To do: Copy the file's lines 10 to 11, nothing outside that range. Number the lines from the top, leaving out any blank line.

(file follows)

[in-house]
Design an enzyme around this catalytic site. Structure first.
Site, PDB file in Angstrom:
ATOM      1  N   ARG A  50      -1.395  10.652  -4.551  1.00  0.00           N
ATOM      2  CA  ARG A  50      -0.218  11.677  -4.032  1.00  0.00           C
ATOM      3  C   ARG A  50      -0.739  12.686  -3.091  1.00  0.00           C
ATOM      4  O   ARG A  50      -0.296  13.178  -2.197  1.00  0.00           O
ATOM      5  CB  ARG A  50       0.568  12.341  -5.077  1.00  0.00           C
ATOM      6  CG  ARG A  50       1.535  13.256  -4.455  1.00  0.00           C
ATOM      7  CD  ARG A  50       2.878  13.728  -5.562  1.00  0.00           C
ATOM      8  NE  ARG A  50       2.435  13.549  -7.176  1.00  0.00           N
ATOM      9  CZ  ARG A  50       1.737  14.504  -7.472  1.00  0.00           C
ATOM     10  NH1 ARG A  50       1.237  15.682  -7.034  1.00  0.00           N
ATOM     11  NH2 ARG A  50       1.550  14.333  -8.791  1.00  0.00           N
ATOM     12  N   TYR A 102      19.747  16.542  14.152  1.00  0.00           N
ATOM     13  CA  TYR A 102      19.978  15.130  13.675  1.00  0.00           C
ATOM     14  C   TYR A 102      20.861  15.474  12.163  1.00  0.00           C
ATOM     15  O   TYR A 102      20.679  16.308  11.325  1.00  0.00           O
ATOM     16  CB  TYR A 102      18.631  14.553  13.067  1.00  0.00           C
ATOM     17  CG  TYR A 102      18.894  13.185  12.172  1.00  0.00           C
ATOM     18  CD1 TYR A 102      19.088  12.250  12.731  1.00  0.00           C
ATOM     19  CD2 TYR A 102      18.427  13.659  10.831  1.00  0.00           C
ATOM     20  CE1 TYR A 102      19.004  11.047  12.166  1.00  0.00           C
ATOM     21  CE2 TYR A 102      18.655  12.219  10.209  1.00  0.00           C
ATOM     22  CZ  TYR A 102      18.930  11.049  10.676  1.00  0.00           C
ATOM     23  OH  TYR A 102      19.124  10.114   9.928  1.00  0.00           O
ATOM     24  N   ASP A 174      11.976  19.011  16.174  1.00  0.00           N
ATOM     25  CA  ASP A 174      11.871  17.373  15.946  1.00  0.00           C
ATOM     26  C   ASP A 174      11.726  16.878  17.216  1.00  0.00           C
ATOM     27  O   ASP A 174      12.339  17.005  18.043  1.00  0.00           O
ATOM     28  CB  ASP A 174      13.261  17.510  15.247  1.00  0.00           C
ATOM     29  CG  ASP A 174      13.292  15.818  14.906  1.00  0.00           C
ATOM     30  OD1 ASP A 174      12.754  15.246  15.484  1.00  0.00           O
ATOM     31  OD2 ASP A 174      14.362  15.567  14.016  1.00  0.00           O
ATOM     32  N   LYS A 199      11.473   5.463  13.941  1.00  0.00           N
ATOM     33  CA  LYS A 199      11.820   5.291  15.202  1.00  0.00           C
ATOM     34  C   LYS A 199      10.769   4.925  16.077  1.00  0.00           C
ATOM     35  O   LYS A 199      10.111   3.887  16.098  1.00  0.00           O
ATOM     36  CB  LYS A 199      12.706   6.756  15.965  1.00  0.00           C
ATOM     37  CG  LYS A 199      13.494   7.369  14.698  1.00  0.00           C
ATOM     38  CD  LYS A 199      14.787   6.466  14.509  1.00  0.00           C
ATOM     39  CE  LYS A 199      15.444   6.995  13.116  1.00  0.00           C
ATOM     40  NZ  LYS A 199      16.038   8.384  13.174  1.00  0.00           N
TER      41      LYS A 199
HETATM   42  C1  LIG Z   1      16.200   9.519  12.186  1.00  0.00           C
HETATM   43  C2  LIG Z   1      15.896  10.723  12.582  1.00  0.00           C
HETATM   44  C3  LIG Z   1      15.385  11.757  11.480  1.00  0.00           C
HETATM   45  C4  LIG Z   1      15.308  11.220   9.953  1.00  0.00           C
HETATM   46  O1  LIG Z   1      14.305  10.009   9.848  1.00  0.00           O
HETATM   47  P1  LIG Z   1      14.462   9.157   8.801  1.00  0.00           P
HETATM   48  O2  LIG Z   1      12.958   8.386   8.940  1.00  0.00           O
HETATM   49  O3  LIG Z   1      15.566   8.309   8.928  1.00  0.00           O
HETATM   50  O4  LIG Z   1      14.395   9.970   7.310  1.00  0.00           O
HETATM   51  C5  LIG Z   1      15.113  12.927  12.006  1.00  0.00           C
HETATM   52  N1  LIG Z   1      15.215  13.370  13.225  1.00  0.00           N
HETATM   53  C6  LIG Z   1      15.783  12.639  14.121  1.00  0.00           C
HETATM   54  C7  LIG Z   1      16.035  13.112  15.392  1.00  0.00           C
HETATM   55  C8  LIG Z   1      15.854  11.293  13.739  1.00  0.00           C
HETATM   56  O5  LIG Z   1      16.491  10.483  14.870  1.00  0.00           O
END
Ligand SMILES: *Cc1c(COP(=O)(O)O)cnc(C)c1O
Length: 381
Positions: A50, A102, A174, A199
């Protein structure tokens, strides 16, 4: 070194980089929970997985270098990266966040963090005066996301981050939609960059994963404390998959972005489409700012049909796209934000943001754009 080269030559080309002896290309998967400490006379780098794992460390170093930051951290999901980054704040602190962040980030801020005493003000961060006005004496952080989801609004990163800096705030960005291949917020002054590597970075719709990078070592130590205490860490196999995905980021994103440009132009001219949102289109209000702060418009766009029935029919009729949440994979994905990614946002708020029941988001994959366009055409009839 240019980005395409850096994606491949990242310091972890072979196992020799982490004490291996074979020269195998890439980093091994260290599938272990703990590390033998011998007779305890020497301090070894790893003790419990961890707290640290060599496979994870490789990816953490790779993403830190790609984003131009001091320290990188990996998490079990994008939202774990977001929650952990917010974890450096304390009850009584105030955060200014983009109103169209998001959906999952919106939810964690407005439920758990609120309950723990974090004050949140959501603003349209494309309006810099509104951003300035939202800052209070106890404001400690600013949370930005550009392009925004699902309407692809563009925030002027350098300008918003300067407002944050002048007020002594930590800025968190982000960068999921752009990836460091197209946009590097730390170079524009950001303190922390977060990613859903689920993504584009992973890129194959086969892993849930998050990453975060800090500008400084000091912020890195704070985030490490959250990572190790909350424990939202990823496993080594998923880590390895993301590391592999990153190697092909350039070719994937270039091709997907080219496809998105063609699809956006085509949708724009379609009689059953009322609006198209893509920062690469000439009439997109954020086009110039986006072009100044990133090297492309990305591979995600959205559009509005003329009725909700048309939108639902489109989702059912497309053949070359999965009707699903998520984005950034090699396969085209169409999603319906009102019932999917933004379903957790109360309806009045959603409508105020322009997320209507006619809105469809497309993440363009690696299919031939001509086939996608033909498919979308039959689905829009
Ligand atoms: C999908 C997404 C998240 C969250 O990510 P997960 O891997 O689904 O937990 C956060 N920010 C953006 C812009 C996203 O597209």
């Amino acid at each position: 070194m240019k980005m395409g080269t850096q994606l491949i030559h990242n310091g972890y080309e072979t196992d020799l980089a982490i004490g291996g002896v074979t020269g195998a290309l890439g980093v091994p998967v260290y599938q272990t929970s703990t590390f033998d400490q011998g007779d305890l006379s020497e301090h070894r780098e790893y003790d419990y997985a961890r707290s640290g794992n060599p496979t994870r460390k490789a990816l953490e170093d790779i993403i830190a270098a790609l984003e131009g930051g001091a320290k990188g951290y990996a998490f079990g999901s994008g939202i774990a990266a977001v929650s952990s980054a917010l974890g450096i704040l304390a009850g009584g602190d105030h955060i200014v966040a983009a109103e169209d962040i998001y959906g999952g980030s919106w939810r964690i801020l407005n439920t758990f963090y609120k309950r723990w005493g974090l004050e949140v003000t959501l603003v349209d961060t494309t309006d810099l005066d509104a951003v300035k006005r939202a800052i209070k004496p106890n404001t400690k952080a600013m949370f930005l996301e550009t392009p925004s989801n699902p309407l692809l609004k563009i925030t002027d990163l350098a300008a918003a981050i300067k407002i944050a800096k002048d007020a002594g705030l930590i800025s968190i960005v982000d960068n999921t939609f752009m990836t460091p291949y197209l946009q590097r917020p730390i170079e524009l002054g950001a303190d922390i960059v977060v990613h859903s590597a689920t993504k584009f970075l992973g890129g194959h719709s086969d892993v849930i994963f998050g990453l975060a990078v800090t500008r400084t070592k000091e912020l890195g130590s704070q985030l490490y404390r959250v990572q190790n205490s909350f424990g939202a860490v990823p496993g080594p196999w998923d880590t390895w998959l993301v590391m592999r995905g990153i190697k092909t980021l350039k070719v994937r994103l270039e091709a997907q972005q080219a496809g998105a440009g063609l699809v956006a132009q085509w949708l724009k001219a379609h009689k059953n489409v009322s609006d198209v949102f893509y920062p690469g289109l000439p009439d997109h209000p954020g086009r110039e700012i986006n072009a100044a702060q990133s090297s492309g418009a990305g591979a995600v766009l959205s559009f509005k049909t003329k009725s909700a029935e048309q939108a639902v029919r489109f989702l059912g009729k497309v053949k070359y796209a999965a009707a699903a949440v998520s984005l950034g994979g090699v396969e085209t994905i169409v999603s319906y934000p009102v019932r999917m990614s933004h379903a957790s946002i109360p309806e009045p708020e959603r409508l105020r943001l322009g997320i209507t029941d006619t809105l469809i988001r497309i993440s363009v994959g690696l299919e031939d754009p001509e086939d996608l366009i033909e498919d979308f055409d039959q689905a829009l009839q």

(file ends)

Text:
ATOM      7  CD  ARG A  50       2.878  13.728  -5.562  1.00  0.00           C
ATOM      8  NE  ARG A  50       2.435  13.549  -7.176  1.00  0.00           N